Board Meeting: Monday, 16 October 2017

Attended by: Will Shortz (Chairman), Hans Eendebak (Treasurer), Gareth Moore (Board Member) and Prasanna Seshadri (Director)


Sudoku Description

Issue: Should the WPF define what a Sudoku is for purposes of WPF competitions?

Decision: The Board finalized a plan to appoint a panel to prepare Sudoku guidelines. Volunteers will be invited at the open General Assembly (GA). The panel should have three to five members, with a leader responsible for mediating the discussion and following a deadline set by the Board. They must submit a proposal by the end of March 2018. The Board will discuss it. If it is accepted, it will serve as a guide for future WSC hosts and as rules for the Sudoku Grand Prix (GP) beginning in 2019.

Tangential discussion: While discussing the composition of Sudokus in competitions, there was a discussion about 0 scores in the WSC and whether the WSC should be more accessible to less expert solvers.

Scoring Software

Issue: The WPF has paid a third party to create scoring software, which was used in 2016 at the World Sudoku and Puzzle Championships (WSPC) in Slovakia. Afterward the software stopped working, and the programmer has been unresponsive even after repeated efforts from Vitezslav and Prasanna.

Decision: Hans said that since the WPF paid for the software, we should get either the source code for it or a refund. If we get the source code, we can ask someone within the puzzle community to help fix the software and improve it. As the programmer is in the Czech Republic, which is hosting the 2018 WSPC, it was suggested that the 2018 WSPC hosts might be able to help.

Puzzle GP 2018

Issue: How can the WPF encourage casual solvers to participate in the Puzzle GP, with puzzles that are simple enough to entice them, while still challenging the more expert solvers?

Decision: The Puzzle GP should have one set of puzzles, with rankings for different categories of solvers. The puzzle difficulties should range from very easy with simple rules to the more difficult WPC-level puzzles. The requirement to include very easy puzzles in the GP, and to follow the submission deadlines set by the Puzzle GP Director, should be strictly adhered to. If not, the WPF reserves the right to forgo payment for the round and/or remove the authors’ names from the GP booklets. This plan is to be discussed with the Puzzle GP Director, Wei-Hwa Huang, before finalizing it.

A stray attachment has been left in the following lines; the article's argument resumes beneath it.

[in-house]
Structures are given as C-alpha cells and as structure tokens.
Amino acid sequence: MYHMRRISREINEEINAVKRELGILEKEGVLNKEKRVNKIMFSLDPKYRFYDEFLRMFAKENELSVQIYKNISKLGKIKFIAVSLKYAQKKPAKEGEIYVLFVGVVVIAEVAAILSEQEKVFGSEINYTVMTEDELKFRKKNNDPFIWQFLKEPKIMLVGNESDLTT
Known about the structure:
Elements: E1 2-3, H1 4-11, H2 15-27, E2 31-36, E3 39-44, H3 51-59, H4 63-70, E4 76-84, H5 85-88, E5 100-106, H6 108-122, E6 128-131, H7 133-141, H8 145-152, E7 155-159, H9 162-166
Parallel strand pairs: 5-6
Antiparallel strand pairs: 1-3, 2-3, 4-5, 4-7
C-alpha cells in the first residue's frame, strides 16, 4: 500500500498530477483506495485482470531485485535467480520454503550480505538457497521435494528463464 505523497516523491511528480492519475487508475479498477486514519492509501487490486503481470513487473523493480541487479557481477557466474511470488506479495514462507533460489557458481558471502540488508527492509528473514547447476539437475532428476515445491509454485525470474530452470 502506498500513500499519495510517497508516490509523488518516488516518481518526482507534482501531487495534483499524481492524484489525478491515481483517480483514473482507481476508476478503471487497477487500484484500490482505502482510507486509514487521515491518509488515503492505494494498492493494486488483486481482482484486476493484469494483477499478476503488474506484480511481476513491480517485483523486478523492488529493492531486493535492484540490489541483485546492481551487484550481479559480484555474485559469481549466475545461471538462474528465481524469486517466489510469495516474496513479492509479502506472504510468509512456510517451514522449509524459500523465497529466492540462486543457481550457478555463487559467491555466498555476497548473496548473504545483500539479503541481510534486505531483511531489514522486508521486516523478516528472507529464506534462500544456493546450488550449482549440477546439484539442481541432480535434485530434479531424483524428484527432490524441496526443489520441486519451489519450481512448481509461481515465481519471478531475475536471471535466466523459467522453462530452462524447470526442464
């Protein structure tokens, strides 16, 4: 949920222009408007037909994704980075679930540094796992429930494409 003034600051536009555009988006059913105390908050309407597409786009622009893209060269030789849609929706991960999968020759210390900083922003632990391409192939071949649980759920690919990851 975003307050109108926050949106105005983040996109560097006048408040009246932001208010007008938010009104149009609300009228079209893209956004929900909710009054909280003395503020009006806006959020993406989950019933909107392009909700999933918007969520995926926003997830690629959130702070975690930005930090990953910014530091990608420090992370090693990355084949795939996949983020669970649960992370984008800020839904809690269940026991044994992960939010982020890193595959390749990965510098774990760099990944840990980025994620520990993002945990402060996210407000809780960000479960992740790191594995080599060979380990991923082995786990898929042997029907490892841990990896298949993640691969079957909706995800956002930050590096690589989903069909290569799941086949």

Proposals for the future: There was discussion about exploring a rolling ratings system, as practiced by Logic Masters India, for the GP. This would encourage solvers to compete and climb in the ratings. The playoffs would still exist but as a separate final for the year. The big concern was that this might provide added incentive for participants to cheat. Measures to prevent cheating were discussed. Since these changes can all be implemented only with changes to the GP website, Karel Tesar will be added to this discussion at a later date.

Archive Access

Issue: Should new members receive unrestricted access to the WPF puzzle archive, as they currently do? That seems unfair to members who have paid annual dues for many years.

Decision: The Board decided to propose at the GA that a new Personal Member get access only for the years he or she is a member. After five years of steady membership the person would get full access.

Board Voting

Since there were three candidates for three open positions on the WPF Board, the Board decided on pro forma voting on them, in the hope that the decision would be quick and unanimous.


Open General Assembly: Thursday, 19 October 2017

Supervised and hosted by: Will Shortz (Chairman), Hans Eendebak (Treasurer), Gareth Moore (Board Member) and Prasanna Seshadri (Director)



Will introduced the Board members and the Director and announced the agenda. Prasanna delivered the financial report. Will announced that the WPF membership fee will remain at 400 Euros.

“What Is a Sudoku?” Panel

Will announced the Board’s decision to appoint a panel to discuss Sudoku guidelines, and he asked for volunteers. Arvid Baars of the Netherlands, Wei-Hwa Huang of USA, George Wang of China, and Matus Demiger of Slovakia volunteered. The panel was made official.

The panel was asked to prepare an interim report by the end of January, with a final report by the end of March. The panel's proposal will be published on the WPF Forum, with feedback invited from members, before the Board decides whether or not to accept it.

Board Candidates

Background: There were three open positions on the WPF Board. Vitezslav Koudelka and Hans Eendebak had reached the ends of their terms, and Prasanna had vacated his spot earlier in the year to take the position of WPF Director.

There were three candidates for the positions: Haijun Zhang of China, Yuhei Kusui of Japan, and Zoran Tanasic of Serbia. Zoran was not well, so it was agreed that he would make his presentation at the Members GA the next day. The other two candidates delivered their speeches here.

Speeches: Haijun kept his speech short. He introduced himself and his work in China, said he would like to contribute more to the WPF, and thanked everyone for their time.

Yuhei said he is an active solver who has participated in multiple WSPCs, making him a good person to represent the players’ perspectives. He said that having another Asian on the Board would be an appropriate representation of Asia’s growth within the WPF, and that at 32 years of age, he could represent the perspective of younger solvers. Finally, his experience at a management consulting company, and as the Japanese representative to the World Curling Federation, would help him give back to the puzzle community for the opportunities he has been given by the WPF.

WSPC 2018 Venue and Website

Jan Zverina of the Czech Republic gave a presentation with details of the next World Championship. The venue will be the Hotel International Prague. The official website is http://wscwpc2018.cz/, where the details of the event are already displayed. The HALAS league, which organizes the Sudokucup and other events in the Czech Republic, will provide the puzzles and be responsible for the event.